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If you're a weight weenie then your frame wouldn't even have those mounts. Removing the screws might save you 10-20 grammes, which is less than a good dollop of mud, or under half a snackbar, or a quarter the weight of your spare tube. If you're worried about rust, remove screw and apply some grease then refit. If you're really worried about rust on the ...


I wouldn't. You won't know where they are if you ever need them.


Generally, parts are somewhat standardized. For example, bottom brackets only come in a few types and different size. Given its a recent department store bike, you likely have a standard square taper bottom bracket with ISO threading. You can take the relevant measurements (spindle length, shell width, etc.), but the easiest way for bottom brackets is ...


I'd get a new chain and use a chain tool next time. The links have rivets in them which are hard to push out without a chain tool (and other tools can weaken the chain leading to failure, especially with a cockamamie way like you're trying). Given that a cheap chain tool is 10-15 dollars it's a worthy investment relative to the cost of a replacement chain. ...


Since the rings, cogs and chain are new, and decent components we can safely eliminate the possibility that there is a problem with the chain grabbing the rings or cogs. Here is what I suspect might be happening: it's your derailleur: due to wear, damage or perhaps weakened springs. Here is how: as you pedal, the chain temporarily catches in the derailleur ...


On the assumption that everything was fitted properly, my first guess would be chain is too long, my second would be that derailleur adjustment is required, but this guess doesn't specifically fit your description of "hard" pedalling. But these are only guesses, remember, maybe your LBS can help you some more.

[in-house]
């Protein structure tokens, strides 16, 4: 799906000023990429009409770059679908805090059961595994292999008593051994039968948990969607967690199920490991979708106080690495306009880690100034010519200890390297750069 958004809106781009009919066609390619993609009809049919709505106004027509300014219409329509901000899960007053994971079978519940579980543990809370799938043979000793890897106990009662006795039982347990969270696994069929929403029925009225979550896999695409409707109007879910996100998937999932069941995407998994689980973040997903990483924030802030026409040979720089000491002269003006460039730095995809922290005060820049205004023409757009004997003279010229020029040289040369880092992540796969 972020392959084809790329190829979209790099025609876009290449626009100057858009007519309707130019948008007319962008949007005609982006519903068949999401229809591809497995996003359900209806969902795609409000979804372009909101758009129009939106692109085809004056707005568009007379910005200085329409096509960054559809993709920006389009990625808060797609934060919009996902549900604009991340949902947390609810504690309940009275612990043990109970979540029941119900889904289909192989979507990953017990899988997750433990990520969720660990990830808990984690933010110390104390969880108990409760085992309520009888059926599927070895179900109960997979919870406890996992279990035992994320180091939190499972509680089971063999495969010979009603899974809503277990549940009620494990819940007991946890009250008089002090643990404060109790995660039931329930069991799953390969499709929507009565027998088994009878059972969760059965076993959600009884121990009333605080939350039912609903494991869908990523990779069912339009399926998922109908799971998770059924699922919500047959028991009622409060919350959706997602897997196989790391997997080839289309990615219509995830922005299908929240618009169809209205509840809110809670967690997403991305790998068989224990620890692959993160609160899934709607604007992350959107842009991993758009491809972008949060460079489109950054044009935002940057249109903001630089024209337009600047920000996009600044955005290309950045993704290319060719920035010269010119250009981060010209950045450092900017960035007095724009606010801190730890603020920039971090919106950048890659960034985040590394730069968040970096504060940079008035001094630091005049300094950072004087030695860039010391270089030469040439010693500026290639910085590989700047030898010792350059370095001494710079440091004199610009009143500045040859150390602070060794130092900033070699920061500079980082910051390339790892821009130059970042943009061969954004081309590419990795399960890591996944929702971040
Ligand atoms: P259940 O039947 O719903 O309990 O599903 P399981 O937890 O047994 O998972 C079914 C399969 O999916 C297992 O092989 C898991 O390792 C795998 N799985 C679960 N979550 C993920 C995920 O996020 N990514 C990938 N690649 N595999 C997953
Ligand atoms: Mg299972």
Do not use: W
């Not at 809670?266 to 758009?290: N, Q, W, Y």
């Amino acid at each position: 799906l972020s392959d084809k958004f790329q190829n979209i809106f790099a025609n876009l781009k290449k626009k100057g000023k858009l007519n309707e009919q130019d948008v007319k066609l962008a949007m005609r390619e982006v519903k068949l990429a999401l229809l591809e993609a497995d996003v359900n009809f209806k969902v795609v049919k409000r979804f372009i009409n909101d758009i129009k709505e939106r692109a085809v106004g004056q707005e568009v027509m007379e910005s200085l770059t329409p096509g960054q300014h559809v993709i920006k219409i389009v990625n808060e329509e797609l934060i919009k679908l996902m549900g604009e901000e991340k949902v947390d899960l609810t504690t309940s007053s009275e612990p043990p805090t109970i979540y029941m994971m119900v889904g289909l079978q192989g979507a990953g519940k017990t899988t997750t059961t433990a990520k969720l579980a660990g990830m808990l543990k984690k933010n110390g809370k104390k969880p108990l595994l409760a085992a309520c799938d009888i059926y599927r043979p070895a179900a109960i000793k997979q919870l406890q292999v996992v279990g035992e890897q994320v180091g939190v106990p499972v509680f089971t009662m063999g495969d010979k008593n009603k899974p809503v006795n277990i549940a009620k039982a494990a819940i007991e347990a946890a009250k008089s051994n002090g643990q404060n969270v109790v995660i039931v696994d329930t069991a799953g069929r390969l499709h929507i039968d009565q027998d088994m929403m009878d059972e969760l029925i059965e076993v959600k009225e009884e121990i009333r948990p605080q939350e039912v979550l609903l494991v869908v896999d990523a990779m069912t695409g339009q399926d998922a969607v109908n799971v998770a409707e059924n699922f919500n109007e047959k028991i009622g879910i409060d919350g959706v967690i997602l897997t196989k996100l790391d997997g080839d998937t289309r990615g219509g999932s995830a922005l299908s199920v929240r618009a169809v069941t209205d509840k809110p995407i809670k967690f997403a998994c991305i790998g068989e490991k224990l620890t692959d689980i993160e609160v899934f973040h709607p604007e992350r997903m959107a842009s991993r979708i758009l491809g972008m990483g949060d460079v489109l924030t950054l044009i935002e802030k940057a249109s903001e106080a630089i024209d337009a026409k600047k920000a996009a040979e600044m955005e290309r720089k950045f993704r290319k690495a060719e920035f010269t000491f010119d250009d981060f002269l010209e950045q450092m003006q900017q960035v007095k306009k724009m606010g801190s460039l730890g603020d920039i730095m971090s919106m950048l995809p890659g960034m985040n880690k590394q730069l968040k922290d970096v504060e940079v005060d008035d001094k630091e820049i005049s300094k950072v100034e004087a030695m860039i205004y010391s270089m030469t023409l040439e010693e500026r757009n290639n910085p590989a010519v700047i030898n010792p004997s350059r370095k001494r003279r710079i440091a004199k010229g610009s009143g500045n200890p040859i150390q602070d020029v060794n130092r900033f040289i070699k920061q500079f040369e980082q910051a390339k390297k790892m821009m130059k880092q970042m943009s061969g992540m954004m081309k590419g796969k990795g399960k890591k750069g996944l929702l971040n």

I got a new wheel/rim and new brake pads and they had a terrible high-pitch squeak/squeal when braking. Tried all of the options suggested first - alcohol cleaning, toe-in - none helped much. Last option I read on some other web site is to use a wet rag with some commercial dish/pot cleaning powder - like Comet (US) or Vim (UK, Africa, elsewhere) - ...


The seals will age over time, and air will leak in. Surprised (but not so much) that your LBS didn't suggest you have the seals replaced the second time you showed up. Undoubtedly available on Amazon.


I use 8 oz. flip-top bottles. They're inexpensive, easy to find, and the top does double duty as a spot applicator. They cost forty-seven cents a piece. I bought four so I could have extra bottles of lube in my car, on my bikes, and in my garage. Their 2-3 business day shipping was very reasonable for where I live (Maryland).


Likely two things. Bearing seals will slow down free spinning. In actual use the added resistance from the seals is minimal and the seals ensure the bearings remained greased and in good working order despite the weather conditions (e.g., from dry and dusty, to wet and gritty). SPD-SL are weighted so that the single sided pedal platform faces you (i.e., ...


Motor oil is as good as any other fantasy chain lubes. What should be kept in mind is the motor oil is fresh and not leftover extract while servicing a vehicle. If the instructions are to re-lube (after cleaning) after every few rides, then there will not be a problem with motor oil even. If one wants to keep the lubrication longer, the thicker the ...

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